The question about where you can file for divorce comes up more frequently than you might think, especially for couples who were married outside of Texas but are now seeking a Texas divorce. The good news is that it really doesn’t matter where you were married – the state in which the ceremony was performed has almost nothing to do with whether you can pursue the divorce filing in the state of Texas. However, you do have to meet two principal requirements:
Minimum Texas residence period – One or both spouses must have resided in the state of Texas for at least six months. Additionally, one or both of you must be able to show that you lived in the country where the divorce is to be filed (in our case, Williamson, Travis, or Hays County) for a minimum of 90 days.
Personal jurisdiction over both parties – Let’s say, for example, that you were married in Tennessee.You then moved to Texas, but for whatever reason your spouse never set foot in the Lone Star State. No children were born in Texas, no Texas property was shared, and you never really pursued the life of a married couple here. In that case, we can establish jurisdiction over you, since you met the Texas residence requirements, but we can’t automatically establish Texas jurisdiction over your spouse.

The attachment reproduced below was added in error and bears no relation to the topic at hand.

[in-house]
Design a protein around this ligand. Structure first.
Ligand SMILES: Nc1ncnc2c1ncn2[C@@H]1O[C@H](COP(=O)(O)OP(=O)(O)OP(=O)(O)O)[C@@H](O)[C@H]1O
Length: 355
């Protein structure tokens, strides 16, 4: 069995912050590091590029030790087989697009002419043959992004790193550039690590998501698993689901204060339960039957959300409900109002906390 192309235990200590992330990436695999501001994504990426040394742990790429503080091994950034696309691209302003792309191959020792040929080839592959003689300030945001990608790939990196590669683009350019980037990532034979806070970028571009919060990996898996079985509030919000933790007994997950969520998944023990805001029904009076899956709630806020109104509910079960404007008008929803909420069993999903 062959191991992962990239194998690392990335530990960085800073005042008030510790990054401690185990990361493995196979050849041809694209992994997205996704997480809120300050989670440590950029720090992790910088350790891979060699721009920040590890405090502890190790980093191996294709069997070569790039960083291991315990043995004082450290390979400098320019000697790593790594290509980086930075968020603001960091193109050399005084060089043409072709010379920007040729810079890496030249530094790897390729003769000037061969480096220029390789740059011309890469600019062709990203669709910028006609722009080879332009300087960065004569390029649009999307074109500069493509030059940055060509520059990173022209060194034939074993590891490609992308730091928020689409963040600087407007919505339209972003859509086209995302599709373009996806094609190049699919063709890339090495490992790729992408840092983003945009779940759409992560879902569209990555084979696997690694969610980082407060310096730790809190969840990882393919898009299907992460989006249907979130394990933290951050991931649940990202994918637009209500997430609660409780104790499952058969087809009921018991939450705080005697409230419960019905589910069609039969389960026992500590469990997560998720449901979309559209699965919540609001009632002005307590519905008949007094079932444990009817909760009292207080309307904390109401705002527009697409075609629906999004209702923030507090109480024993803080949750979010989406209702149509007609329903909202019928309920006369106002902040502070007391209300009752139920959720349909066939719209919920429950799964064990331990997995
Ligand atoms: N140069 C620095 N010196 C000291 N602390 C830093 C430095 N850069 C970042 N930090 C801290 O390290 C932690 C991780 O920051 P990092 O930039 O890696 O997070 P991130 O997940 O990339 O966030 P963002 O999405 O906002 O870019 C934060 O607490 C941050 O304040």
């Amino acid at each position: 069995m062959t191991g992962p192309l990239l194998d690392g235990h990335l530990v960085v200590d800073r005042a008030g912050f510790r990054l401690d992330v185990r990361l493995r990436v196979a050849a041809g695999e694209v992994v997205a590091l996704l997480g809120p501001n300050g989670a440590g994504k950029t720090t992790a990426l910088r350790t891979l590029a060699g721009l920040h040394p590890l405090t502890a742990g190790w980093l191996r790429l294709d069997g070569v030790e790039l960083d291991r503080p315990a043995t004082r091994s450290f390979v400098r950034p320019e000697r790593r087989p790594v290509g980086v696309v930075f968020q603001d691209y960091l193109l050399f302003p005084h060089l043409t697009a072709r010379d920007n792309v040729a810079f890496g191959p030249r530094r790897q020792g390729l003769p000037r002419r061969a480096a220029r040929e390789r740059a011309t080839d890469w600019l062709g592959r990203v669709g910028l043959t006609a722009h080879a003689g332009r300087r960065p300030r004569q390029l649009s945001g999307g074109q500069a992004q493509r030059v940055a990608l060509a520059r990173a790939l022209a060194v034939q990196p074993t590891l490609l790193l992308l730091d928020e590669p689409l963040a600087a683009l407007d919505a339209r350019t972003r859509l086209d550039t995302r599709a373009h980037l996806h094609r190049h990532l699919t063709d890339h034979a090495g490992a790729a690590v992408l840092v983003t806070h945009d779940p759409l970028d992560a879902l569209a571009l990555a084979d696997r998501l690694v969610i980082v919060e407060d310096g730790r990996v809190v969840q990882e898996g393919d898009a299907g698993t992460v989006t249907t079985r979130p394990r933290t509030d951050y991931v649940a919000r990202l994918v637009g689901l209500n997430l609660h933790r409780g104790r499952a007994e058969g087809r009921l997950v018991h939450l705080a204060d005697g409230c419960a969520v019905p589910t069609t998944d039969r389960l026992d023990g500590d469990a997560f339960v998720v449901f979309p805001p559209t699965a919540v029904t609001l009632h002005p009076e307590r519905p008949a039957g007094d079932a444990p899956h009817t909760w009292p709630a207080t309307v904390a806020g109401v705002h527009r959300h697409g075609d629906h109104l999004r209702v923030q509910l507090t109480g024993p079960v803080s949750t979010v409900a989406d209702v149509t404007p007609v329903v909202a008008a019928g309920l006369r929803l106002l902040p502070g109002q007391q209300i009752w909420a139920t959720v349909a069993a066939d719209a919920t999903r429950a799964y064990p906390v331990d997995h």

Don’t panic if one party in your divorce fails the second prong of this test. There are exceptions under what is known in Texas as the Long-arm Jurisdiction statute. This statute, when utilized with the proper legal expertise and creativity, can give the courts the power of personal jurisdiction over what we call a “foreign” spouse. If you need that kind of expertise for your case, contact Evans Family Law Group.